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How to Build a Team for Process Mining Software Selection

Minit-How to Build a Team for Process Mining Software Selection

Now that you’ve built a solid process mining business case, it’s time to build a team for selecting the right process mining software. Finding and vetting the right technology partner is an important step in a process transformation. Not seriously considering the compatibility of your organization with technology partners can lead to negative repercussions down the line, such as incompatible systems, poorly managed expectations, and failure to reach goals.  

This article is for decision makers who are already convinced of the benefits of process mining software, have written a strong business case, and need to move forward with selecting a process mining vendor. Here’s how to get started.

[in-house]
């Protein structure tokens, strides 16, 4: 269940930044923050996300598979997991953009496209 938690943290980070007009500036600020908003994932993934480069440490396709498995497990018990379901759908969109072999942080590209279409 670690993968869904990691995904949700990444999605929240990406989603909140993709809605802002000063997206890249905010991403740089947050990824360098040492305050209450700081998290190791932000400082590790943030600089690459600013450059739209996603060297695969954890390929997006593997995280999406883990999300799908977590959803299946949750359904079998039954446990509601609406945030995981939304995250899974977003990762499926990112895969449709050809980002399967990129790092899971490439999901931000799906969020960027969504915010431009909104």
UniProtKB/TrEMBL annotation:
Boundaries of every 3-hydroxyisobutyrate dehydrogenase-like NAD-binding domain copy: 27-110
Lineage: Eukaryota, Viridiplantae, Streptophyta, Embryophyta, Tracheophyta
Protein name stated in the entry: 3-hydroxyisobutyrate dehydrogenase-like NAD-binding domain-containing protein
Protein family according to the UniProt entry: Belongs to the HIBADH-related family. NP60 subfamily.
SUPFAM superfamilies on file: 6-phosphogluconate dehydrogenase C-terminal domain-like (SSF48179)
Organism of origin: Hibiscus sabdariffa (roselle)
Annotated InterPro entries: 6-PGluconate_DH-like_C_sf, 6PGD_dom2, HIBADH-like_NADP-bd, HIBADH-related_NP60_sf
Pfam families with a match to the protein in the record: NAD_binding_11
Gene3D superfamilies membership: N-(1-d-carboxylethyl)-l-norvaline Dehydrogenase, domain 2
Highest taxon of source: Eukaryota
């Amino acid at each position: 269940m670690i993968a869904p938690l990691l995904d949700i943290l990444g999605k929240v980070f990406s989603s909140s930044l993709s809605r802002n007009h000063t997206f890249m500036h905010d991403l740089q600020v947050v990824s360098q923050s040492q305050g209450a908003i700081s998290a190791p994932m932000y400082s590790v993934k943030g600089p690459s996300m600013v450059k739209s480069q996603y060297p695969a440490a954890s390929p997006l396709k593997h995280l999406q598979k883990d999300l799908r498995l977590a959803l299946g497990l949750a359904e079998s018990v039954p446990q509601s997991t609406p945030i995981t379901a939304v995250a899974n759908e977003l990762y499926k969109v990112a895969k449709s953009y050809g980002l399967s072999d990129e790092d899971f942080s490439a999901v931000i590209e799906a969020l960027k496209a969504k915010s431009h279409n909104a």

Secure an executive sponsor

Process change initiatives can come from anywhere within the ranks: a fed up process analyst tired of seeing process waste, an attuned IT manager who understands the importance of operational excellence, or the CEO who takes calculated risks with innovative technology.

The purpose of securing an executive sponsor is to root accountability at the top. An executive sponsor lends stature to a process mining project and can help rally support from other senior decision makers. In most cases, the executive sponsor won’t be in the nitty gritty of selecting process mining software, but should be part of the selection team and sign off on the final approval.